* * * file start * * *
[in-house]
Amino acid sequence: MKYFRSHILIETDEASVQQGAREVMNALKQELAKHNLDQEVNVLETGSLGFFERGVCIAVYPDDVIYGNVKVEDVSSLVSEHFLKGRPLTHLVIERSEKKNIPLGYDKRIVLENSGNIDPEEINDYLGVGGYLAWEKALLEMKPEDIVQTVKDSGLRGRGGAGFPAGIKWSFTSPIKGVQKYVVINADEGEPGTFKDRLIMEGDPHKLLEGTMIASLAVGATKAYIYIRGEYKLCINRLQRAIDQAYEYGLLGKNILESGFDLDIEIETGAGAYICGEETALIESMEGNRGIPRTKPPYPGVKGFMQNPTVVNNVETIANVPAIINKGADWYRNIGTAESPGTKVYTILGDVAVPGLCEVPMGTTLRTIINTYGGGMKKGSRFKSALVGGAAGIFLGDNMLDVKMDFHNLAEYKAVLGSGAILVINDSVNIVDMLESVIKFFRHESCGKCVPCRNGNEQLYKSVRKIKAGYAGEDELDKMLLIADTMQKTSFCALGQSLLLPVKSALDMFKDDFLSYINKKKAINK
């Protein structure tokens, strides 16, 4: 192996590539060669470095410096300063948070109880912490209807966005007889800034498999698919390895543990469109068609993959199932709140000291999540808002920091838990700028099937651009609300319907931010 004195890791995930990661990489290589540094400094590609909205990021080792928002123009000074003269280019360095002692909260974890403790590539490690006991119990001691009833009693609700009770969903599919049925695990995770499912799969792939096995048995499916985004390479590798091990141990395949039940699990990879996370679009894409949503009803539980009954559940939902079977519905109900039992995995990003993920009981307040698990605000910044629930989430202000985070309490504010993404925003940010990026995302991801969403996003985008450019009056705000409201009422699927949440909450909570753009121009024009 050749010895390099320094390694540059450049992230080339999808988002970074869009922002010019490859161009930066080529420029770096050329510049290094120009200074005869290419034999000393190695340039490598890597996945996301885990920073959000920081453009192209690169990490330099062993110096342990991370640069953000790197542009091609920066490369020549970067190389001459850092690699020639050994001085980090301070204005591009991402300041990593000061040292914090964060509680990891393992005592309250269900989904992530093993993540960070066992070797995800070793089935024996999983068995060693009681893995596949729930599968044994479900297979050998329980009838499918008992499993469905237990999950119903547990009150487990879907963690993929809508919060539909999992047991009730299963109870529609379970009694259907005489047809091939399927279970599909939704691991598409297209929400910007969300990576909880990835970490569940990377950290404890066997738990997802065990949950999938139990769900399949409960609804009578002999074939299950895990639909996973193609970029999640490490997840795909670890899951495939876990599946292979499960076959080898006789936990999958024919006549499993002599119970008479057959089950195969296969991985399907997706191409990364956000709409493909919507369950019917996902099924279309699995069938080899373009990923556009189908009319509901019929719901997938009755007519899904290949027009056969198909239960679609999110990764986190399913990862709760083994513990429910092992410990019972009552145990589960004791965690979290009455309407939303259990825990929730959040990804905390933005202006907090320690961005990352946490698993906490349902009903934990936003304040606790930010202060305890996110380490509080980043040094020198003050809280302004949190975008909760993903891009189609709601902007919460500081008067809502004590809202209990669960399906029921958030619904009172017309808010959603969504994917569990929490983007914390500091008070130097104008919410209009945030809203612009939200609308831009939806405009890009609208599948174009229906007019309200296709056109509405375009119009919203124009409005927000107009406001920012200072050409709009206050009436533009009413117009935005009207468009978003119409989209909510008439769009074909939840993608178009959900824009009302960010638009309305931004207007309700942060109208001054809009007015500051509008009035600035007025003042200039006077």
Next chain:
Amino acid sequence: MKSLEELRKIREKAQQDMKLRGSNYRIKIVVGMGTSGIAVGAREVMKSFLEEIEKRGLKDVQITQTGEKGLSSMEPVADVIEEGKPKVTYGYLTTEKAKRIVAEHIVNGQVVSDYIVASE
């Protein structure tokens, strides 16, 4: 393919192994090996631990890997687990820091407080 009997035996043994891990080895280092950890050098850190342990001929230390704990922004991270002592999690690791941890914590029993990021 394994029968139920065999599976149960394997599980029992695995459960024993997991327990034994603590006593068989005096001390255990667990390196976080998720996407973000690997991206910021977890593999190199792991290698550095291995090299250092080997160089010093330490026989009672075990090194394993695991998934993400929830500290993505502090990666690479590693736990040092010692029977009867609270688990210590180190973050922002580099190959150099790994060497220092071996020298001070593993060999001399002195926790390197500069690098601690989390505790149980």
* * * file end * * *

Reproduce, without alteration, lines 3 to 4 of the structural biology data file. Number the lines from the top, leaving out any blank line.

């Protein structure tokens, strides 16, 4: 192996590539060669470095410096300063948070109880912490209807966005007889800034498999698919390895543990469109068609993959199932709140000291999540808002920091838990700028099937651009609300319907931010 004195890791995930990661990489290589540094400094590609909205990021080792928002123009000074003269280019360095002692909260974890403790590539490690006991119990001691009833009693609700009770969903599919049925695990995770499912799969792939096995048995499916985004390479590798091990141990395949039940699990990879996370679009894409949503009803539980009954559940939902079977519905109900039992995995990003993920009981307040698990605000910044629930989430202000985070309490504010993404925003940010990026995302991801969403996003985008450019009056705000409201009422699927949440909450909570753009121009024009 050749010895390099320094390694540059450049992230080339999808988002970074869009922002010019490859161009930066080529420029770096050329510049290094120009200074005869290419034999000393190695340039490598890597996945996301885990920073959000920081453009192209690169990490330099062993110096342990991370640069953000790197542009091609920066490369020549970067190389001459850092690699020639050994001085980090301070204005591009991402300041990593000061040292914090964060509680990891393992005592309250269900989904992530093993993540960070066992070797995800070793089935024996999983068995060693009681893995596949729930599968044994479900297979050998329980009838499918008992499993469905237990999950119903547990009150487990879907963690993929809508919060539909999992047991009730299963109870529609379970009694259907005489047809091939399927279970599909939704691991598409297209929400910007969300990576909880990835970490569940990377950290404890066997738990997802065990949950999938139990769900399949409960609804009578002999074939299950895990639909996973193609970029999640490490997840795909670890899951495939876990599946292979499960076959080898006789936990999958024919006549499993002599119970008479057959089950195969296969991985399907997706191409990364956000709409493909919507369950019917996902099924279309699995069938080899373009990923556009189908009319509901019929719901997938009755007519899904290949027009056969198909239960679609999110990764986190399913990862709760083994513990429910092992410990019972009552145990589960004791965690979290009455309407939303259990825990929730959040990804905390933005202006907090320690961005990352946490698993906490349902009903934990936003304040606790930010202060305890996110380490509080980043040094020198003050809280302004949190975008909760993903891009189609709601902007919460500081008067809502004590809202209990669960399906029921958030619904009172017309808010959603969504994917569990929490983007914390500091008070130097104008919410209009945030809203612009939200609308831009939806405009890009609208599948174009229906007019309200296709056109509405375009119009919203124009409005927000107009406001920012200072050409709009206050009436533009009413117009935005009207468009978003119409989209909510008439769009074909939840993608178009959900824009009302960010638009309305931004207007309700942060109208001054809009007015500051509008009035600035007025003042200039006077």
Next chain: